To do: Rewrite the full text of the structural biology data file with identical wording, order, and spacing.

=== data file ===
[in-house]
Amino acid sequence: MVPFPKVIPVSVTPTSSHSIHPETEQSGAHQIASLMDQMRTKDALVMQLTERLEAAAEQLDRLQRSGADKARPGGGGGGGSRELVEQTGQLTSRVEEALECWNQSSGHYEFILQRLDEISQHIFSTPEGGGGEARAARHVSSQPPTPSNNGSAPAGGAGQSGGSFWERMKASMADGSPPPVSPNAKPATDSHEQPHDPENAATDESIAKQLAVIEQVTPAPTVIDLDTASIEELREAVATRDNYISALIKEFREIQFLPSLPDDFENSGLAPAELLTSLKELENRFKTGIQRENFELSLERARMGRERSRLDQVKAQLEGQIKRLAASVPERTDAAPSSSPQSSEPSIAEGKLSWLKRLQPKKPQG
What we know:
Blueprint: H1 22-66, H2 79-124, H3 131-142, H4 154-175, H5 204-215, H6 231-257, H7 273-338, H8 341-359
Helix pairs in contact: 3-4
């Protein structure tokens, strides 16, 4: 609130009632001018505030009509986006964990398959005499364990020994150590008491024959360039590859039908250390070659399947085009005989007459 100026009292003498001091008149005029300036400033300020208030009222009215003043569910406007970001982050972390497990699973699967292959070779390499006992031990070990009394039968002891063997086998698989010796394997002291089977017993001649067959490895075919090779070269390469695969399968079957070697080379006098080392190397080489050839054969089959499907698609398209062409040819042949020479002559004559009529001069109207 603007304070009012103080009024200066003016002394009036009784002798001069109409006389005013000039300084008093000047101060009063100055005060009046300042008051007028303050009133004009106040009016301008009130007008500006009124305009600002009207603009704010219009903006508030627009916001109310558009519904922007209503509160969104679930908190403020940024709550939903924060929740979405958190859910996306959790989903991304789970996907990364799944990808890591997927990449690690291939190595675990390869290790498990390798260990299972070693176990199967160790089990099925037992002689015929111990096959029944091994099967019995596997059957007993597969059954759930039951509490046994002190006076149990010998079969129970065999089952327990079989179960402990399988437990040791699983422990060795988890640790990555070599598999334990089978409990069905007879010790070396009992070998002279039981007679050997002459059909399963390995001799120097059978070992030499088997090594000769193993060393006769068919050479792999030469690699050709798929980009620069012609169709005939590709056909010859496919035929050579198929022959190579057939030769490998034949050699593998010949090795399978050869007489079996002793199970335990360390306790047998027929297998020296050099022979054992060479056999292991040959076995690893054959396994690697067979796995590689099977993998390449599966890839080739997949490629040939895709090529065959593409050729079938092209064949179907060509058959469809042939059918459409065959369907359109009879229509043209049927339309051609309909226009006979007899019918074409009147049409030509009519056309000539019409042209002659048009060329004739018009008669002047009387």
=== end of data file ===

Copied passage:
[in-house]
Amino acid sequence: MVPFPKVIPVSVTPTSSHSIHPETEQSGAHQIASLMDQMRTKDALVMQLTERLEAAAEQLDRLQRSGADKARPGGGGGGGSRELVEQTGQLTSRVEEALECWNQSSGHYEFILQRLDEISQHIFSTPEGGGGEARAARHVSSQPPTPSNNGSAPAGGAGQSGGSFWERMKASMADGSPPPVSPNAKPATDSHEQPHDPENAATDESIAKQLAVIEQVTPAPTVIDLDTASIEELREAVATRDNYISALIKEFREIQFLPSLPDDFENSGLAPAELLTSLKELENRFKTGIQRENFELSLERARMGRERSRLDQVKAQLEGQIKRLAASVPERTDAAPSSSPQSSEPSIAEGKLSWLKRLQPKKPQG
What we know:
Blueprint: H1 22-66, H2 79-124, H3 131-142, H4 154-175, H5 204-215, H6 231-257, H7 273-338, H8 341-359
Helix pairs in contact: 3-4
């Protein structure tokens, strides 16, 4: 609130009632001018505030009509986006964990398959005499364990020994150590008491024959360039590859039908250390070659399947085009005989007459 100026009292003498001091008149005029300036400033300020208030009222009215003043569910406007970001982050972390497990699973699967292959070779390499006992031990070990009394039968002891063997086998698989010796394997002291089977017993001649067959490895075919090779070269390469695969399968079957070697080379006098080392190397080489050839054969089959499907698609398209062409040819042949020479002559004559009529001069109207 603007304070009012103080009024200066003016002394009036009784002798001069109409006389005013000039300084008093000047101060009063100055005060009046300042008051007028303050009133004009106040009016301008009130007008500006009124305009600002009207603009704010219009903006508030627009916001109310558009519904922007209503509160969104679930908190403020940024709550939903924060929740979405958190859910996306959790989903991304789970996907990364799944990808890591997927990449690690291939190595675990390869290790498990390798260990299972070693176990199967160790089990099925037992002689015929111990096959029944091994099967019995596997059957007993597969059954759930039951509490046994002190006076149990010998079969129970065999089952327990079989179960402990399988437990040791699983422990060795988890640790990555070599598999334990089978409990069905007879010790070396009992070998002279039981007679050997002459059909399963390995001799120097059978070992030499088997090594000769193993060393006769068919050479792999030469690699050709798929980009620069012609169709005939590709056909010859496919035929050579198929022959190579057939030769490998034949050699593998010949090795399978050869007489079996002793199970335990360390306790047998027929297998020296050099022979054992060479056999292991040959076995690893054959396994690697067979796995590689099977993998390449599966890839080739997949490629040939895709090529065959593409050729079938092209064949179907060509058959469809042939059918459409065959369907359109009879229509043209049927339309051609309909226009006979007899019918074409009147049409030509009519056309000539019409042209002659048009060329004739018009008669002047009387």